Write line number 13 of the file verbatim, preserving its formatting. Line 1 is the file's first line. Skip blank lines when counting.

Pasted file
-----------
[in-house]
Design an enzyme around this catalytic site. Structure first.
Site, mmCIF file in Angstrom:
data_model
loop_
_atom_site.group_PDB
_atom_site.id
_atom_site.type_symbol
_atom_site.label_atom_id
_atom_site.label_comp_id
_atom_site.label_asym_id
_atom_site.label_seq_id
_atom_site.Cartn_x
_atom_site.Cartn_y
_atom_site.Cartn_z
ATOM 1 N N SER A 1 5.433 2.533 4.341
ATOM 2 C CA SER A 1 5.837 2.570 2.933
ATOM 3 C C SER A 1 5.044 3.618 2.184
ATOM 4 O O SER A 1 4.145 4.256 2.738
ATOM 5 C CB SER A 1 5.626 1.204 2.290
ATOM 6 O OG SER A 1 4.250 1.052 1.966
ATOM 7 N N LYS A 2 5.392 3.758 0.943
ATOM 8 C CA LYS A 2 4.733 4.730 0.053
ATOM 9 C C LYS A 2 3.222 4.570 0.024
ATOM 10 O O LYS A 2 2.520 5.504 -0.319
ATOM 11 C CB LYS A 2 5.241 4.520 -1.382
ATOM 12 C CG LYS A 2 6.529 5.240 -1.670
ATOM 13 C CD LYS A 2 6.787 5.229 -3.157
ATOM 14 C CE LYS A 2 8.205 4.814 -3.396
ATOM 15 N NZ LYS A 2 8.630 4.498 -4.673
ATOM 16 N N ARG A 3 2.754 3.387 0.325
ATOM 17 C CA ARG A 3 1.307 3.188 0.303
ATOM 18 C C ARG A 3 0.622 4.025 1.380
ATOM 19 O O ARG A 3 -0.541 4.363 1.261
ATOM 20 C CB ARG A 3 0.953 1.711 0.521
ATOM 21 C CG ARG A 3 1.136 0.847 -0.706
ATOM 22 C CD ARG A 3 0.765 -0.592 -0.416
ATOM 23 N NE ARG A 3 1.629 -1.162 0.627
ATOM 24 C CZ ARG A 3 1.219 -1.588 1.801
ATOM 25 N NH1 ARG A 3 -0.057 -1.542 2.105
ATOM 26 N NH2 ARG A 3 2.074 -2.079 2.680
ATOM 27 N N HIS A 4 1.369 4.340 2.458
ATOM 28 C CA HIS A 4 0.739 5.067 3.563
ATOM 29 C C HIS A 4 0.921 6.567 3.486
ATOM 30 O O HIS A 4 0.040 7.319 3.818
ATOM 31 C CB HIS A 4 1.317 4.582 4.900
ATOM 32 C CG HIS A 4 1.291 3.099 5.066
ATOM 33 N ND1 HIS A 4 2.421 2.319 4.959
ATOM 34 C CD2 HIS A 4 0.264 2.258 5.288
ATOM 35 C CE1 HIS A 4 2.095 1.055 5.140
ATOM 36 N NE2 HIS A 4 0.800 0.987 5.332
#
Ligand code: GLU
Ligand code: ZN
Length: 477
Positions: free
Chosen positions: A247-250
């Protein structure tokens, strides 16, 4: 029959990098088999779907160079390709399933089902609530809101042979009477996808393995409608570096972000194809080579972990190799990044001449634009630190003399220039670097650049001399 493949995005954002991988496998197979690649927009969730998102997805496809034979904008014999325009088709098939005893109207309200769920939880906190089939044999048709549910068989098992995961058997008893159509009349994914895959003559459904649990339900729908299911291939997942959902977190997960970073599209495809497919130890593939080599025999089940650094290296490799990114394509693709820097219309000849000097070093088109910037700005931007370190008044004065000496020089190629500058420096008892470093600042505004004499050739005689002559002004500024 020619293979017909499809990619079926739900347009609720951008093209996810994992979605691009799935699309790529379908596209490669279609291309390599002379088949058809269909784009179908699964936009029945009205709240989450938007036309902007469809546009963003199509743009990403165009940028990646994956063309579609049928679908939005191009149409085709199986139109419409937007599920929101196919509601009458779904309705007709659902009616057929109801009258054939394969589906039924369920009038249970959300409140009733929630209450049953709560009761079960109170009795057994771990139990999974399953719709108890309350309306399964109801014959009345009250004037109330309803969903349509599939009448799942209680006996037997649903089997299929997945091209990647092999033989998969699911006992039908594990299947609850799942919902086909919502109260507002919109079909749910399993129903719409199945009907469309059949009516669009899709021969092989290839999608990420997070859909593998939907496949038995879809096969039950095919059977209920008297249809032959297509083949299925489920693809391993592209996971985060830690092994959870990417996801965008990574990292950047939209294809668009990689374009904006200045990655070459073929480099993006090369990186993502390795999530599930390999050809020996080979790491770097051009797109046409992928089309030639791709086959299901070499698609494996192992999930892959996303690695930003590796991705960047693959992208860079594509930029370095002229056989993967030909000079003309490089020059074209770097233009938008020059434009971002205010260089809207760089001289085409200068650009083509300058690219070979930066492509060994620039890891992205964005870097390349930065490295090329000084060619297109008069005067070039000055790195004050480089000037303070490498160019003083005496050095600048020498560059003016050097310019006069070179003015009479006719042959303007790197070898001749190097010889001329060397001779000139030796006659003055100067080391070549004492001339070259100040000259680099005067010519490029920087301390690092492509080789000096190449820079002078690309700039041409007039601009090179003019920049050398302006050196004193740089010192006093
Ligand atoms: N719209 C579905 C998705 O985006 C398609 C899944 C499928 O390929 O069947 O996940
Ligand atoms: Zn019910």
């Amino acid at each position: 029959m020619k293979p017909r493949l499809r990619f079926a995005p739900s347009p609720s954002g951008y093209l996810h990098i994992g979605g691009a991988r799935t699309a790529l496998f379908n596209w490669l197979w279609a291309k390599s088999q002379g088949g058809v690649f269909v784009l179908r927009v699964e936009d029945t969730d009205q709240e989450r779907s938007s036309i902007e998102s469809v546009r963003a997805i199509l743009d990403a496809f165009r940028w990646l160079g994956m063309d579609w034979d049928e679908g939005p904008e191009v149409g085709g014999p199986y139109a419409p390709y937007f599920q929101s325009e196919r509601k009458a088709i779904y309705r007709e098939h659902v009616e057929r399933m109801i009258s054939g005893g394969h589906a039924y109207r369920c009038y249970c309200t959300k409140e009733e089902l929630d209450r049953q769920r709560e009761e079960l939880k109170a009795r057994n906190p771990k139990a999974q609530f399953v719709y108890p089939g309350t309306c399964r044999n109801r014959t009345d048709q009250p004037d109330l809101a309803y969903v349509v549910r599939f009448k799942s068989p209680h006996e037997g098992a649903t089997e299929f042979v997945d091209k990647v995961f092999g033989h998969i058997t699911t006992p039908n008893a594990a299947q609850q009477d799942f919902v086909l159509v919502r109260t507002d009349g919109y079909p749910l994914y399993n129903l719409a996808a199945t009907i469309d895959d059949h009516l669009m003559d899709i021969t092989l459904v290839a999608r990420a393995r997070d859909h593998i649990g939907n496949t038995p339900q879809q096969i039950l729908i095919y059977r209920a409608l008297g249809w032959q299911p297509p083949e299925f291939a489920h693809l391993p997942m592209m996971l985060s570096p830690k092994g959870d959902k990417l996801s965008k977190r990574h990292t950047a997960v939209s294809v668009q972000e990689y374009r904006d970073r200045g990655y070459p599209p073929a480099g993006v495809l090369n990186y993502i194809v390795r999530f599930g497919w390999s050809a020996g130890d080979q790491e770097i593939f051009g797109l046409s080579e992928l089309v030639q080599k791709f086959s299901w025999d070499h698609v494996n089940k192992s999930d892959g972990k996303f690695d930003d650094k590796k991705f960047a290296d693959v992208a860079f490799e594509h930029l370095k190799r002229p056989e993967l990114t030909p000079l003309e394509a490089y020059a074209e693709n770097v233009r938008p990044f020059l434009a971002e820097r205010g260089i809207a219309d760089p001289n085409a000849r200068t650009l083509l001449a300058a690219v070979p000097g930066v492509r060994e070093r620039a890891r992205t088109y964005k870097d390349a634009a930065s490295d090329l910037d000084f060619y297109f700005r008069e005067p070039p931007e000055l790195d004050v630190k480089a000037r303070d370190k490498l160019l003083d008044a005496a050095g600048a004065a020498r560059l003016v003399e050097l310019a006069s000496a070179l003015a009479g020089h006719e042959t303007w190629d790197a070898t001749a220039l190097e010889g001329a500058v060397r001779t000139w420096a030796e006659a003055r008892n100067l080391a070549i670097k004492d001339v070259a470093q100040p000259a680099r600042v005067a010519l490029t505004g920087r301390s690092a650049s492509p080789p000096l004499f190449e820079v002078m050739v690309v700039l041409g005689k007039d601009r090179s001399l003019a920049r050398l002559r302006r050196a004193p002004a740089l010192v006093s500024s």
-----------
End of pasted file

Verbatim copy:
_atom_site.Cartn_x